Cybercrime: Aggressive malware, which targeted Android phones, successfully eliminated thanks to international cooperation involving the Swiss law enforcement authorities and other partners

 

At the end of May, a large-scale operation led by Europol and the Dutch police and involving other law enforcement authorities succeeded in stopping the rapid spread of a type of malware known as «FluBot». The malware, which infects mobile phones with the Android operating system via text messages, such as those sent by SMS, has also caused considerable damage in Switzerland. fedpol and the Office of the Attorney General of Switzerland were directly involved in the effort as operational and strategic partners.

Office of the Attorney General of Switzerland (OAG)

In response to a series of smishing cases (phishing via SMS) using the FluBot malware originally committed between April and July 2021, the Office of the Attorney General of Switzerland (OAG) opened criminal proceedings in April 2022 against unidentified perpetrators on suspicion of unauthorised data procurement (Art. 143 Swiss Criminal Code (SCC)), unauthorised access to data processing systems (Art. 143bis SCC), damage to data (Art. 144bis SCC) and computer fraud (Art. 147 SCC). As well as seeking to identify the perpetrators, investigators also aimed to determine how the malware worked, identify cases and victims in Switzerland and support ongoing investigations abroad. Thanks to the intensive joint preliminary investigations carried out by fedpol and the OAG, Switzerland has been able to make a substantial contribution to eliminating this malware as part of this joint operation, thereby winning an important battle in the war on cybercrime.

Malware deactivated on the «day of action» – further investigations ongoing
In the course of an international operation coordinated by Europol, termed a «day of action», in which eleven countries participated, the FluBot malware was successfully stopped. The Dutch police were able to destroy the infrastructure and deactivate the malware strain. However, investigations aimed at identifying the suspected perpetrators are still ongoing. Ahead of the day of action, fedpol conducted preliminary investigations in Switzerland under the leadership of the Office of the Attorney General of Switzerland. In close cooperation with the cantonal police forces, the National Cybersecurity Centre (NCSC), telecommunications providers and the digitalisation service provider Switch, information on how the malware works and on cases and victims of FluBot were collected and evaluated. fedpol coordinated the international exchange of information, in particular with Europol.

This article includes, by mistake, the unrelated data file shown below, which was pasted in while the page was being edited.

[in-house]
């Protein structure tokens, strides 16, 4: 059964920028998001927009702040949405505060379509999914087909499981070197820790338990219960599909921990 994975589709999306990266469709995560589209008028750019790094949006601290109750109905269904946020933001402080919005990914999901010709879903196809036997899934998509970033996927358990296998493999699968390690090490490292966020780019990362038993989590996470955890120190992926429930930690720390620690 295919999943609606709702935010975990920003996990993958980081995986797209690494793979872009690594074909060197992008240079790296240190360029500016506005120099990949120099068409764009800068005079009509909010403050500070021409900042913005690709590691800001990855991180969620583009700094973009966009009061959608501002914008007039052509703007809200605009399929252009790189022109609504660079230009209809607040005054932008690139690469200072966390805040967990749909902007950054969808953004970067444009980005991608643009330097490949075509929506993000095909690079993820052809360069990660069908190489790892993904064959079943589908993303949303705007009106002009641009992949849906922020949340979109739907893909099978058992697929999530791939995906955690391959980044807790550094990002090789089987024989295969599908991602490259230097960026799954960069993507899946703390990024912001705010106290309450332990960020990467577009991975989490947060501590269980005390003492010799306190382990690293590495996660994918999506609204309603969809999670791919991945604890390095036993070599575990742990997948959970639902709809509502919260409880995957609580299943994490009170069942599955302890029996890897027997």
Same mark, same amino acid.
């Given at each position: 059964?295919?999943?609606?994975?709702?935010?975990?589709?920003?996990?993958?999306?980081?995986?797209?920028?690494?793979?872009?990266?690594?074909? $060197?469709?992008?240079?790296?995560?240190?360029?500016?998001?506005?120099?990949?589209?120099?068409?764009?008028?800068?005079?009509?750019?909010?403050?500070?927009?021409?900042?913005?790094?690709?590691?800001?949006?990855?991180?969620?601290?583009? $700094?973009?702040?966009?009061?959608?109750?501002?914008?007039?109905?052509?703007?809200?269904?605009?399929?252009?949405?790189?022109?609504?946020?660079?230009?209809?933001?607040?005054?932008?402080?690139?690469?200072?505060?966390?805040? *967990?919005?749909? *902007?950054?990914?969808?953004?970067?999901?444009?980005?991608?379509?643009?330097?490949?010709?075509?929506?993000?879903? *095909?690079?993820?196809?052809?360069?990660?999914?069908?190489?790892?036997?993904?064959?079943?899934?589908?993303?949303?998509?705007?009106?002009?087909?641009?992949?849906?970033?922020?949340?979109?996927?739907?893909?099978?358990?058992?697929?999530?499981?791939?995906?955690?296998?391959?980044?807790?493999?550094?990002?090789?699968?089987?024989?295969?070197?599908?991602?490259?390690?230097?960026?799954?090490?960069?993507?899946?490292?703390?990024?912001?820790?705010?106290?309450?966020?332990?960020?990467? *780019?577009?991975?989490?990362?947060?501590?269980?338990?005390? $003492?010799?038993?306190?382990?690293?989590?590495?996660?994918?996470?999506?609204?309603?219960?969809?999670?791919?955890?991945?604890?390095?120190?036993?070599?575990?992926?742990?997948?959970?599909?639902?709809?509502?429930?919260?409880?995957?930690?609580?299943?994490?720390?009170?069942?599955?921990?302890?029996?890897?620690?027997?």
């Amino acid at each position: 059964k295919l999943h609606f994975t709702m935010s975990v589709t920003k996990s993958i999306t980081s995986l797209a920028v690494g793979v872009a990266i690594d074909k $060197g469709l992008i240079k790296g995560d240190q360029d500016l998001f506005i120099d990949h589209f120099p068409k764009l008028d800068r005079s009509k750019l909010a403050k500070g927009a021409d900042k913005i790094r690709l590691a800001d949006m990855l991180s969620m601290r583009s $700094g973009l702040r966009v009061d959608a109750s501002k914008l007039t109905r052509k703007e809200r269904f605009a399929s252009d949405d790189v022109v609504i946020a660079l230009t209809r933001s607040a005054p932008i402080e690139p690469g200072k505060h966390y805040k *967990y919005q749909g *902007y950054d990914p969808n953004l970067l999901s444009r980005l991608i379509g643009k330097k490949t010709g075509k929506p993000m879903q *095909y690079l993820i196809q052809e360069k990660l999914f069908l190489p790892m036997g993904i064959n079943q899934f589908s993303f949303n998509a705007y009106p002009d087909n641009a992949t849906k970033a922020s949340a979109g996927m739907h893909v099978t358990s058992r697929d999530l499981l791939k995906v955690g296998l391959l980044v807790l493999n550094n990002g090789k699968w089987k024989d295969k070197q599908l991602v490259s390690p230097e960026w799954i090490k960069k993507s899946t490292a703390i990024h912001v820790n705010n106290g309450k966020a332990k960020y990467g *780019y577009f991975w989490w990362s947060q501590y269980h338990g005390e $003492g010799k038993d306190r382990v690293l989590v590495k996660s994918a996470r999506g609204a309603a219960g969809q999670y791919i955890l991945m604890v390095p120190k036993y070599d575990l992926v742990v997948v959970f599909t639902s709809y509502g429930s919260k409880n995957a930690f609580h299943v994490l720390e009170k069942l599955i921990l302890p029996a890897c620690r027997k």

A single malware SMS can trigger an avalanche of destruction
The attacks via SMS, which have affected several million mobile phone users around the globe, including many in Switzerland, involved the following process for users of mobile devices based on the Android operating system: the perpetrators infected mobile phones with a malware that was spread through SMS text messages. The SMS contained a link that was supposed to lead the victims to a postal package tracking page. Clicking on the link however caused the malware to be installed, allowing perpetrators to gain direct access to data such passwords, e-banking information, SMS texts and data on online accounts. The hackers then exploited this access in order to steal log-in data for banking applications or account data for crypto-currencies and to deactivate integrated security mechanisms. The malware strain was able to spread like wildfire, as it could access the contacts on an infected smartphone. It then sent messages to these contact numbers that also contained links to the FluBot malware, which caused the malware to spread even further. Thanks to the coordinated operation conducted by Europol, law enforcement authorities have now successfully taken control of the relevant infrastructure and stopped this destructive spiral.

Valuable cooperation between countries, authorities and businesses
In view of the international dimension of cybercrime, close cooperation between all the countries involved is required to deal with these cases and to identify the perpetrators. In this case, the numerous investigative measures carried out by the Swiss law enforcement authorities in cooperation with the National Cybersecurity Centre NCSC and partners from the private sector, in particular the telecommunications providers concerned and Switch, led to a successful outcome, preventing the malware from spreading any further.

The more serious instances of cybercrime that are reported, the better can the law enforcement authorities combat this phenomenon, as they can gather more evidence and put it to good use. It is in the interests of ordinary members of the public and of organisations that fall prey to cyber-attacks to report such cases to the authorities, ideally by making a criminal complaint directly to the public prosecutor’s office or the police.

The Swiss criminal proceedings are continuing. The main objective is now to identify the perpetrators with the aid of evidence that can be used in court. As criminal proceedings are a dynamic process which is not influenced by the OAG alone, no prognosis can be made as to the timescale or outcome.

The presumption of innocence applies to all parties to the proceedings. The OAG is unable to provide any further information on the criminal proceedings and/or on any specific steps in the proceedings at present.

www.ba.admin.ch